Australian Football League Ups Anti-Doping Code In Wake Of Supplements Scandal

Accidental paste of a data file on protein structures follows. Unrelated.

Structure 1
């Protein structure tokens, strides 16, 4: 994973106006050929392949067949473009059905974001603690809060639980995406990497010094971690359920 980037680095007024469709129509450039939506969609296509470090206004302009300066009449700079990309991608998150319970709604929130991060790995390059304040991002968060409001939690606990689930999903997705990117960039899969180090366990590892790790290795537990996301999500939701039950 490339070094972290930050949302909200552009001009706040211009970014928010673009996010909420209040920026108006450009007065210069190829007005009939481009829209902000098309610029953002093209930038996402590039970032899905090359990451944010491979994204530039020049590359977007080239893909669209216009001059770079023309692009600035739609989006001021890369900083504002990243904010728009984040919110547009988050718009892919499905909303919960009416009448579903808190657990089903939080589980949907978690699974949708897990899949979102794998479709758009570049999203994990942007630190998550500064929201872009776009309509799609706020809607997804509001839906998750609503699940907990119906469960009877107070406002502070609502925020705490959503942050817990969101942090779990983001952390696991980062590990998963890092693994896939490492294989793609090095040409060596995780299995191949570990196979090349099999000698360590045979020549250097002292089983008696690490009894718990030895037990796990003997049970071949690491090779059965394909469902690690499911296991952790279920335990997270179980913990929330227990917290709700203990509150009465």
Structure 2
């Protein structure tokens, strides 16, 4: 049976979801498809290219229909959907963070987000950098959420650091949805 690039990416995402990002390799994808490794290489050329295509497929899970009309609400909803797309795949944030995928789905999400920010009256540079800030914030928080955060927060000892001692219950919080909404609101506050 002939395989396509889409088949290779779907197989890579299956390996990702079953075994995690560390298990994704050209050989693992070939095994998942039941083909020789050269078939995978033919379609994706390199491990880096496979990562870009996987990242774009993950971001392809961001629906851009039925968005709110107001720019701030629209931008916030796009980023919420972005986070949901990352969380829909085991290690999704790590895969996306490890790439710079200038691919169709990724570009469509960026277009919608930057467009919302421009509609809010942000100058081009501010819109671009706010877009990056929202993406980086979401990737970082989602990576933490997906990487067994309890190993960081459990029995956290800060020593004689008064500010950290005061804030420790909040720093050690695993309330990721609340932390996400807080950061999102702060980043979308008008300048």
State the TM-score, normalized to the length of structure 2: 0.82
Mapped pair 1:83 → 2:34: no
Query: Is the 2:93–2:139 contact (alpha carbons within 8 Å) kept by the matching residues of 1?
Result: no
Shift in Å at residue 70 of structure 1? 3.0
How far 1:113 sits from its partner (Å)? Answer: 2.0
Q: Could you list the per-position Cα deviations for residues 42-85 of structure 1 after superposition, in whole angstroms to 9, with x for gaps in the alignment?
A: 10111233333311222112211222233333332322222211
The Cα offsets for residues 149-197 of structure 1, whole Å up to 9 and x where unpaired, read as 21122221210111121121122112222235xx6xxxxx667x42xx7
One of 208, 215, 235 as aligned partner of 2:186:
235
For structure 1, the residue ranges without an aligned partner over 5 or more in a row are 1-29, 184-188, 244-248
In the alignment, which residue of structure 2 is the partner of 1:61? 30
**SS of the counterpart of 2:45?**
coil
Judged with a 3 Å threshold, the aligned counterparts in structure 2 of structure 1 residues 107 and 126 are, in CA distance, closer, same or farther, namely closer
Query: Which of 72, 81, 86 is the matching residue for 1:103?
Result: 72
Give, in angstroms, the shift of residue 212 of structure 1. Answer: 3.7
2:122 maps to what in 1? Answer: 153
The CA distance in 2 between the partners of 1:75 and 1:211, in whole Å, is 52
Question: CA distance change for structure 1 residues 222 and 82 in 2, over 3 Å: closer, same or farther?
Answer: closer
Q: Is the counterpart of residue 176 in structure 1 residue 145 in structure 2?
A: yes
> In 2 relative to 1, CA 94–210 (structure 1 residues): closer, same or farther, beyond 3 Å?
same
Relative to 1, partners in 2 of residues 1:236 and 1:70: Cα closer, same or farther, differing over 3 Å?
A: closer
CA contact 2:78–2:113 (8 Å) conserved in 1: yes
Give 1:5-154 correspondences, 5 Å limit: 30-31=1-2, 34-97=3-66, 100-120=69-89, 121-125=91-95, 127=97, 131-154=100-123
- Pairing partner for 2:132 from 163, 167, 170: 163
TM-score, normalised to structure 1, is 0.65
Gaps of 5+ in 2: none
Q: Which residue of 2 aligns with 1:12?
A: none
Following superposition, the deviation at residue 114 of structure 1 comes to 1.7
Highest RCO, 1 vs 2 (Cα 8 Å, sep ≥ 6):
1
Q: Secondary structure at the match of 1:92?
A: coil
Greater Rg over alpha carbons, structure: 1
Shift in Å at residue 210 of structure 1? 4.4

The Australian Football League "announced a ban on injections for players unless they are required for a medical condition," according to the AAP. This measure "exceeds the requirements" of the World Anti-Doping Agency code. In a statement, the AFL said, "No substance is to be administered to any player by injection other than by an appropriately qualified medical practitioner and only to the extent it is necessary to treat a legitimate medical condition. No person may possess needles or injectables other than the club medical officer." Clubs "will be permitted to use controlled treatments but they must be approved by the club doctor and recorded in a register made available to the league" (AAP, 2/6). In Melbourne, Samantha Lane wrote AFL clubs will be limited to using just 10 mobile phones to communicate in designated risk zones on match day, and will also face sanctions under new guidelines for failing to inform the league -- by midday the day before every game -- "who they have invited to the dressing rooms." Under the proposed new integrity regulations, "it will be mandatory for clubs to submit a guest list of visitors to the change room" and any late additions could only be approved by a club president, CEO or football manager (THE AGE, 2/7).